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Flying car race scheduled for end of the year in the Australian Outback where Mad Max was filmed

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Flying car race scheduled for end of the year in the Australian Outback at the site of the original Mad Max film production

  • Airspeeder will host an exhibition race of flying cars in the Australian Outback
  • The company hopes the event could become the F1 of the 21st century
  • The first race will take place with remote-piloted vehicles outside the remote town of Coober Pedy, where the original Mad Max films were shot

A new tech startup has announced plans to hold a flying car race in Australia before the end of 2020, the first of what it hopes will be a series of events that could become the 21st century version of F1.

Organized by Airspeeder, a tech startup with offices in Adelaide and London, the race will feature two remotely piloted flying cars, racing through the outskirts of Coober Pedy, a small town in the Australian Outback used as the setting for the original Mad Max films.

The first race is planned as a public exhibition, with support from Australia’s Civil Aviation Safety Authority, and Airspeeder hopes it will be the first of an international circuit of races that could expand to include piloted vehicles.

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Airspeeder will debut what it hopes will become a circuit of flying car races before the end of 2020 in the Australian Outback, which the company believes could become the 21st century F1

Airspeeder will debut what it hopes will become a circuit of flying car races before the end of 2020 in the Australian Outback, which the company believes could become the 21st century F1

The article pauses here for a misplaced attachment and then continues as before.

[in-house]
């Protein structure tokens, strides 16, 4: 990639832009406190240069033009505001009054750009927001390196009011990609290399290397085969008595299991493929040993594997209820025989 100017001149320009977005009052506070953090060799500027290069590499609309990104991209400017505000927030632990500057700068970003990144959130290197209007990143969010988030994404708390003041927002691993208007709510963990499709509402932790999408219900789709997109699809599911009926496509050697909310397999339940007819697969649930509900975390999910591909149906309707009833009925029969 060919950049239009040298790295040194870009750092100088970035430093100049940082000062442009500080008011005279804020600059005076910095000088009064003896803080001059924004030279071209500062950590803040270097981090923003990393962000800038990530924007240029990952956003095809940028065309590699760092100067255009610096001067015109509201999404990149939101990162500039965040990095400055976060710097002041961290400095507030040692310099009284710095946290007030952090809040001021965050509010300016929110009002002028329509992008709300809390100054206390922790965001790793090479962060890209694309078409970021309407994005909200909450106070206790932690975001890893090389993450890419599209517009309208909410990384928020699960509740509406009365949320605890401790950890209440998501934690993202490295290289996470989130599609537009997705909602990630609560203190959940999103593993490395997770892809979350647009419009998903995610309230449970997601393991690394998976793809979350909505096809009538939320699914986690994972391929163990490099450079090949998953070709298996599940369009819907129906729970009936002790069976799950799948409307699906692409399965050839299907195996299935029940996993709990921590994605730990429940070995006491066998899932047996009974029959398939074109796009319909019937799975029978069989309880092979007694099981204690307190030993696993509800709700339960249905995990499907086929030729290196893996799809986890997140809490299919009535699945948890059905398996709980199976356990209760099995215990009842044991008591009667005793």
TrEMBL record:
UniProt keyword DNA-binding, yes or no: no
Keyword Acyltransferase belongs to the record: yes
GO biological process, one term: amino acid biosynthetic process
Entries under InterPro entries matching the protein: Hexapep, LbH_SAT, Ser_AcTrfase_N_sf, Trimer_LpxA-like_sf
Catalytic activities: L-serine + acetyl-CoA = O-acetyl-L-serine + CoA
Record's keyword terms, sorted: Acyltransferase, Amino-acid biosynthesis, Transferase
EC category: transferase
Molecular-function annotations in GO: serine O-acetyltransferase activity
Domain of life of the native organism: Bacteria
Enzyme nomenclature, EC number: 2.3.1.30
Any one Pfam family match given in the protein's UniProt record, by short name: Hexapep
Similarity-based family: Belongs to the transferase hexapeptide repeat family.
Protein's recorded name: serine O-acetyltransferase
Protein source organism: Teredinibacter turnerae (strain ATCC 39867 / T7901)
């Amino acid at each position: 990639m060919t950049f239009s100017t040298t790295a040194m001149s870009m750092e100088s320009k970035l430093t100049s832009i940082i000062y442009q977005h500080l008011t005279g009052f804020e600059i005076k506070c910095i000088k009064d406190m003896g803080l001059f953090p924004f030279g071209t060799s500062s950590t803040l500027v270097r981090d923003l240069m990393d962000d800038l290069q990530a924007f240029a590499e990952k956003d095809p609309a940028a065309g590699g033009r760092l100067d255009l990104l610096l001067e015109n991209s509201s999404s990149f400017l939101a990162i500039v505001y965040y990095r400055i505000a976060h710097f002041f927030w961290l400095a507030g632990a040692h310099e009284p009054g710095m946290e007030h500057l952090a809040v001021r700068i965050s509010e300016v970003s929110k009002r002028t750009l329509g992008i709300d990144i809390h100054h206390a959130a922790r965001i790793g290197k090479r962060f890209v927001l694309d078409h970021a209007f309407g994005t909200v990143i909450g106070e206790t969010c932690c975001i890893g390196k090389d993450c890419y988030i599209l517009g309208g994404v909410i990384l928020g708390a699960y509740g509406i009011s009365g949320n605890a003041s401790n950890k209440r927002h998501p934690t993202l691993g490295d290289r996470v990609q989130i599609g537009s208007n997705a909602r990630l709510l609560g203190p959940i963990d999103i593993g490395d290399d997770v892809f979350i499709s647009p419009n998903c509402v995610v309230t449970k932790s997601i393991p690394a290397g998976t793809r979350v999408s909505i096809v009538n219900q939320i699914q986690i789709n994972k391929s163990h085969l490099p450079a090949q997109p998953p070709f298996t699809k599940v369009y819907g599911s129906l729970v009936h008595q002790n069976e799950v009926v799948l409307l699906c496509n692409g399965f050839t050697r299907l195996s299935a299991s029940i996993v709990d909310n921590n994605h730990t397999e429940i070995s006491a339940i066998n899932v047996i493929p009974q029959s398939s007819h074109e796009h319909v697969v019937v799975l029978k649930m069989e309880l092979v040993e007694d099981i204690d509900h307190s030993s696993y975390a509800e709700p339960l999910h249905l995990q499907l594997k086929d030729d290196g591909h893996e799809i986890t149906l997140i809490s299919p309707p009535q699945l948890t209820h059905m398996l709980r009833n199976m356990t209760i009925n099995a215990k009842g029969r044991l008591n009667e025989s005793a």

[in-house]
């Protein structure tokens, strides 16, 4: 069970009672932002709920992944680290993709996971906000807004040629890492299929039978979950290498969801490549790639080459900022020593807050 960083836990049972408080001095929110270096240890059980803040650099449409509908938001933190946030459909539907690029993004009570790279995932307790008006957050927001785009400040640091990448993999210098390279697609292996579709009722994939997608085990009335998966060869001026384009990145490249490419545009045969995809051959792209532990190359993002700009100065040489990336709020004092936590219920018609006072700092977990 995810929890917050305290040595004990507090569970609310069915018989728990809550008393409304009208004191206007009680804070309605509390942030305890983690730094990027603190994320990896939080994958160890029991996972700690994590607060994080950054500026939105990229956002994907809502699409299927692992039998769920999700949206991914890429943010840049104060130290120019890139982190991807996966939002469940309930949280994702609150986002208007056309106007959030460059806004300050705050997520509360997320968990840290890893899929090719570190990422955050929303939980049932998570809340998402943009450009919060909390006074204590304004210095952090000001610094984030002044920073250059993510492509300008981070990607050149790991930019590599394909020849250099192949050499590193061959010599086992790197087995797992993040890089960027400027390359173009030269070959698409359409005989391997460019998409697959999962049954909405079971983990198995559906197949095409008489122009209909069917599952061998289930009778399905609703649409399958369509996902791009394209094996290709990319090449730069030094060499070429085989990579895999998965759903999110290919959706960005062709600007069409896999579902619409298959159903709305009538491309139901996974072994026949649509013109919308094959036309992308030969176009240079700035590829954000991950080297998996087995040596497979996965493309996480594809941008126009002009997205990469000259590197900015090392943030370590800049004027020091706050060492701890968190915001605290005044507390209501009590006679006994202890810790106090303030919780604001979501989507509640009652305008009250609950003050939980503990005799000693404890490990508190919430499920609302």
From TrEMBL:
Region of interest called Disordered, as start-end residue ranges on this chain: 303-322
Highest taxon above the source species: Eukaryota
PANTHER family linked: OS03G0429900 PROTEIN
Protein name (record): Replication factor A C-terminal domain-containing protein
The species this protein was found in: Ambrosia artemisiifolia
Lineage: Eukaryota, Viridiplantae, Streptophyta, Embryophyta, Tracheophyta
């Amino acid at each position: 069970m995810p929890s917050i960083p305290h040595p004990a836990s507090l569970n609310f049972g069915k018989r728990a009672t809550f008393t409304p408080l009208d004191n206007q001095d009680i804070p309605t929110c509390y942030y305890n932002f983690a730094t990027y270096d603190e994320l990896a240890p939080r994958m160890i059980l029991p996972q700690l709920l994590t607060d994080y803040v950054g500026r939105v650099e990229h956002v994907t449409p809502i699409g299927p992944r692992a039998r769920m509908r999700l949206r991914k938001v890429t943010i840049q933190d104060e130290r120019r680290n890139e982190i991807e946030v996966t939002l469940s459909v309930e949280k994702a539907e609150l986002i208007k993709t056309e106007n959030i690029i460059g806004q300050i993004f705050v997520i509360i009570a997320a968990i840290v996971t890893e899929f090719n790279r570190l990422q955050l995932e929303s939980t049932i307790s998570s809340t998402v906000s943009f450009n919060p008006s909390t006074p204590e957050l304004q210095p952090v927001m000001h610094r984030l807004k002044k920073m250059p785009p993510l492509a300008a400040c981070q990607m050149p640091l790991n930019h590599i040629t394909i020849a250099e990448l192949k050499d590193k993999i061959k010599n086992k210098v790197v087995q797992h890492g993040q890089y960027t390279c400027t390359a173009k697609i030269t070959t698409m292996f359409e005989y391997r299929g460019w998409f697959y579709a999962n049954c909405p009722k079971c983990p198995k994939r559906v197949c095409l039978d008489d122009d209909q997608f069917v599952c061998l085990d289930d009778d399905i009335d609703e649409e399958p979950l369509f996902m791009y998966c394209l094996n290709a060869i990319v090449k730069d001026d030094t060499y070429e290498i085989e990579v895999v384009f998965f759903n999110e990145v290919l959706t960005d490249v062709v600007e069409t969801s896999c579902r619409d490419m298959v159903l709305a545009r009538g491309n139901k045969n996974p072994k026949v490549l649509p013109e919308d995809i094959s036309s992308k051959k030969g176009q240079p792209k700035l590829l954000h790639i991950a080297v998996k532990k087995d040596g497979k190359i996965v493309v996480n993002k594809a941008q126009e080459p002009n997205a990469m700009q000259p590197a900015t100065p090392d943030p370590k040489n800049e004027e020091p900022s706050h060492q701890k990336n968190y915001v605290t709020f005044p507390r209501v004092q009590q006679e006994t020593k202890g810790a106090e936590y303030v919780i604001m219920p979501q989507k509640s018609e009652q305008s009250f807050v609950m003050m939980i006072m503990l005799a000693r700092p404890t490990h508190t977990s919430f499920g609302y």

‘Le Mans, Bathurst, Monaco, there are these amazing places where we’ve seen the birth of new sports,’ Airspeeder’s Matt Pearson told ABC News.

‘This is such a great place for us to basically create that next iconic place for racing.’

In addition to Coober Pedy, the company says future races could be held in the Mojave Desert in California, and two other unannounced international locations are being developed.  

Airspeeder believes a major international racing event could not only help the company refine its technology and lead to a new tourist boom in the Outback.

‘We hope it’s going to be fantastic for tourism — anything that’s exciting, new and innovative is perfect for Coober Pedy,’ Pearson said.

‘Where else would you see flying cars in an alien landscape?’

The first race will feature two remote-piloted drones, and the company hopes the events could become an international circuit of events, with other locations including the Mojave Desert, and two unannounced sites

The first race will feature two remote-piloted drones, and the company hopes the events could become an international circuit of events, with other locations including the Mojave Desert, and two unannounced sites

The flying cars, sometimes called air taxis, were modeled after F1 cars, with four propellor mounts placed around a narrow torpedo-like shell.

The current design is around 13 feet long and three feed tall, and can reach a top speed of 124 miles per hour.

They can travel to a maximum height of 2,950 feet, weigh a little over 500 pounds, and according to AirSpeeder, have a greater power-to-weight ratio than an F1 car of fighter jet thanks to a powertrain driven by a 500 kilowatt battery.

According to Pearson, the design could eventually be even safer and less failure prone than a helicopter.

Airspeeder's Matt Pearson praised the Australian government's support for the project and predicted the events could drive new waves of tourism to the Outback. 'Where else would you see flying cars in an alien landscape?' he said

Airspeeder’s Matt Pearson praised the Australian government’s support for the project and predicted the events could drive new waves of tourism to the Outback. ‘Where else would you see flying cars in an alien landscape?’ he said

‘A helicopter has thousands of moving parts, and a single point of failure which makes them very expensive to maintain,’ Pearson said.

‘An air taxi has about 16 moving parts and about half of those are redundant, so it’s a very safe, very stable platform.’

Pearson praised the openness of the Australian government in supporting both their work and the test drone industry as a whole, having also approved major test drone projects from Google and Amazon.

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